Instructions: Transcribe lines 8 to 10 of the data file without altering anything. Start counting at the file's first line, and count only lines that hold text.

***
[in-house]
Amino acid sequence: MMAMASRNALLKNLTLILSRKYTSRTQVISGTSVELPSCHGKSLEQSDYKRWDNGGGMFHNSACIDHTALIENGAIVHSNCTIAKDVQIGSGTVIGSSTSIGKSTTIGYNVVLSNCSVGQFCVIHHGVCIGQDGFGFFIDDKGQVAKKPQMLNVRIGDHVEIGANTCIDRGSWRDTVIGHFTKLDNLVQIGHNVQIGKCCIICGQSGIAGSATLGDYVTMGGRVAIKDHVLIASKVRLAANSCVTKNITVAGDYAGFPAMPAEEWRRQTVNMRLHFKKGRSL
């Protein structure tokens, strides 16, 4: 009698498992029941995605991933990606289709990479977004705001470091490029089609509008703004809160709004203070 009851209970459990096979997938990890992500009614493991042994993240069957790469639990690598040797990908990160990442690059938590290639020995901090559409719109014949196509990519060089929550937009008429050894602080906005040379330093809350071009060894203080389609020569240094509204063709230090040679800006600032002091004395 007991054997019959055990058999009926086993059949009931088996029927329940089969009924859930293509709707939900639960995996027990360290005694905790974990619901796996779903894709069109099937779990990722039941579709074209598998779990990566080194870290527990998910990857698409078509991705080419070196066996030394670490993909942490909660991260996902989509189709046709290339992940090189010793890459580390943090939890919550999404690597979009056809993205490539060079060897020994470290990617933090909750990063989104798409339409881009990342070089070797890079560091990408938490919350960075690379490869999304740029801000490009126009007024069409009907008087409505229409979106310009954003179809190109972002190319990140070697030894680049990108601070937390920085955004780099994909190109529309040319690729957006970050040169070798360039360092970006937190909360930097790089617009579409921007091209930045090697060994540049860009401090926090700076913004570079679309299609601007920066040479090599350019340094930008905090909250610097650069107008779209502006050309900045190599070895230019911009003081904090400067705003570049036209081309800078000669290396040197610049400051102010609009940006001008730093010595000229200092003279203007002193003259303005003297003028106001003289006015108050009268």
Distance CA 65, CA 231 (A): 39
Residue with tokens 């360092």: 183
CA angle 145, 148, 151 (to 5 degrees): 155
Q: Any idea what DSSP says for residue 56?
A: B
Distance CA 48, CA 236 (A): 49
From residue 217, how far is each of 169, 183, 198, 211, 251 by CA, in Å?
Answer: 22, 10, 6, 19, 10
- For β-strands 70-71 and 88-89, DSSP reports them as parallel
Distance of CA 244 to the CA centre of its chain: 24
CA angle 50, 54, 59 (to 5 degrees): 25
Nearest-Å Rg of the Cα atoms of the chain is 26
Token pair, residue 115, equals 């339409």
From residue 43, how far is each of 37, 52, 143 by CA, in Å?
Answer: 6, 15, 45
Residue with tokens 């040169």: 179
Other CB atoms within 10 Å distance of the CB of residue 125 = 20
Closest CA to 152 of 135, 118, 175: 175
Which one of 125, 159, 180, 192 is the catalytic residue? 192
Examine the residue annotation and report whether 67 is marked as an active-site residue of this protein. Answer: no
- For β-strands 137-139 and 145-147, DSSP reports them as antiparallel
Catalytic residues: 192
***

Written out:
A: B
Distance CA 48, CA 236 (A): 49
From residue 217, how far is each of 169, 183, 198, 211, 251 by CA, in Å?